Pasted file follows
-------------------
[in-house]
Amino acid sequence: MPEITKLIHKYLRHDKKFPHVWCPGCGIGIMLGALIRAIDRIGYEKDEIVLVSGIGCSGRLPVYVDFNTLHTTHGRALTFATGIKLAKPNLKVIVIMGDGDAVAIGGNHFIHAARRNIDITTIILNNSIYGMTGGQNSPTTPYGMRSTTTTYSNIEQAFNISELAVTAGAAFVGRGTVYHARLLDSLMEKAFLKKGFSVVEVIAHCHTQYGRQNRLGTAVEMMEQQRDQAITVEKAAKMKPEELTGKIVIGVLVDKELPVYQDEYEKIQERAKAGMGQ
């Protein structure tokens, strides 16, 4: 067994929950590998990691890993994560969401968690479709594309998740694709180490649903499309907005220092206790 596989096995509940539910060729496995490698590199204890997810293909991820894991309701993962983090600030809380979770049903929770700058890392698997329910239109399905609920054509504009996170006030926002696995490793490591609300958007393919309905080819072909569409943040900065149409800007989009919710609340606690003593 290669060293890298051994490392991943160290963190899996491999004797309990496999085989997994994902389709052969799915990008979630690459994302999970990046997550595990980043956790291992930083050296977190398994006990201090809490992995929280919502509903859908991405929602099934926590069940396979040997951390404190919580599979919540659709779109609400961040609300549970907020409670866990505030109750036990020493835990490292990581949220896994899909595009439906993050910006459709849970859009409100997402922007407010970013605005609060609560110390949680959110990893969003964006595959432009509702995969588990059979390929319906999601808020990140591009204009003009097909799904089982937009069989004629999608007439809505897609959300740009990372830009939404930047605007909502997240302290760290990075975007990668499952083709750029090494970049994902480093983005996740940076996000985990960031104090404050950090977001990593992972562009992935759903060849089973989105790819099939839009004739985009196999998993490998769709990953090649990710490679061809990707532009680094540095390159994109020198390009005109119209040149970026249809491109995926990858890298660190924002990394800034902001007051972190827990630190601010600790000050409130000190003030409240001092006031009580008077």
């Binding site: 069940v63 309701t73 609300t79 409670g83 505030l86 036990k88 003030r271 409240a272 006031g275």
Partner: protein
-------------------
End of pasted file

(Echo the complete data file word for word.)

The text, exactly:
[in-house]
Amino acid sequence: MPEITKLIHKYLRHDKKFPHVWCPGCGIGIMLGALIRAIDRIGYEKDEIVLVSGIGCSGRLPVYVDFNTLHTTHGRALTFATGIKLAKPNLKVIVIMGDGDAVAIGGNHFIHAARRNIDITTIILNNSIYGMTGGQNSPTTPYGMRSTTTTYSNIEQAFNISELAVTAGAAFVGRGTVYHARLLDSLMEKAFLKKGFSVVEVIAHCHTQYGRQNRLGTAVEMMEQQRDQAITVEKAAKMKPEELTGKIVIGVLVDKELPVYQDEYEKIQERAKAGMGQ
């Protein structure tokens, strides 16, 4: 067994929950590998990691890993994560969401968690479709594309998740694709180490649903499309907005220092206790 596989096995509940539910060729496995490698590199204890997810293909991820894991309701993962983090600030809380979770049903929770700058890392698997329910239109399905609920054509504009996170006030926002696995490793490591609300958007393919309905080819072909569409943040900065149409800007989009919710609340606690003593 290669060293890298051994490392991943160290963190899996491999004797309990496999085989997994994902389709052969799915990008979630690459994302999970990046997550595990980043956790291992930083050296977190398994006990201090809490992995929280919502509903859908991405929602099934926590069940396979040997951390404190919580599979919540659709779109609400961040609300549970907020409670866990505030109750036990020493835990490292990581949220896994899909595009439906993050910006459709849970859009409100997402922007407010970013605005609060609560110390949680959110990893969003964006595959432009509702995969588990059979390929319906999601808020990140591009204009003009097909799904089982937009069989004629999608007439809505897609959300740009990372830009939404930047605007909502997240302290760290990075975007990668499952083709750029090494970049994902480093983005996740940076996000985990960031104090404050950090977001990593992972562009992935759903060849089973989105790819099939839009004739985009196999998993490998769709990953090649990710490679061809990707532009680094540095390159994109020198390009005109119209040149970026249809491109995926990858890298660190924002990394800034902001007051972190827990630190601010600790000050409130000190003030409240001092006031009580008077």
């Binding site: 069940v63 309701t73 609300t79 409670g83 505030l86 036990k88 003030r271 409240a272 006031g275």
Partner: protein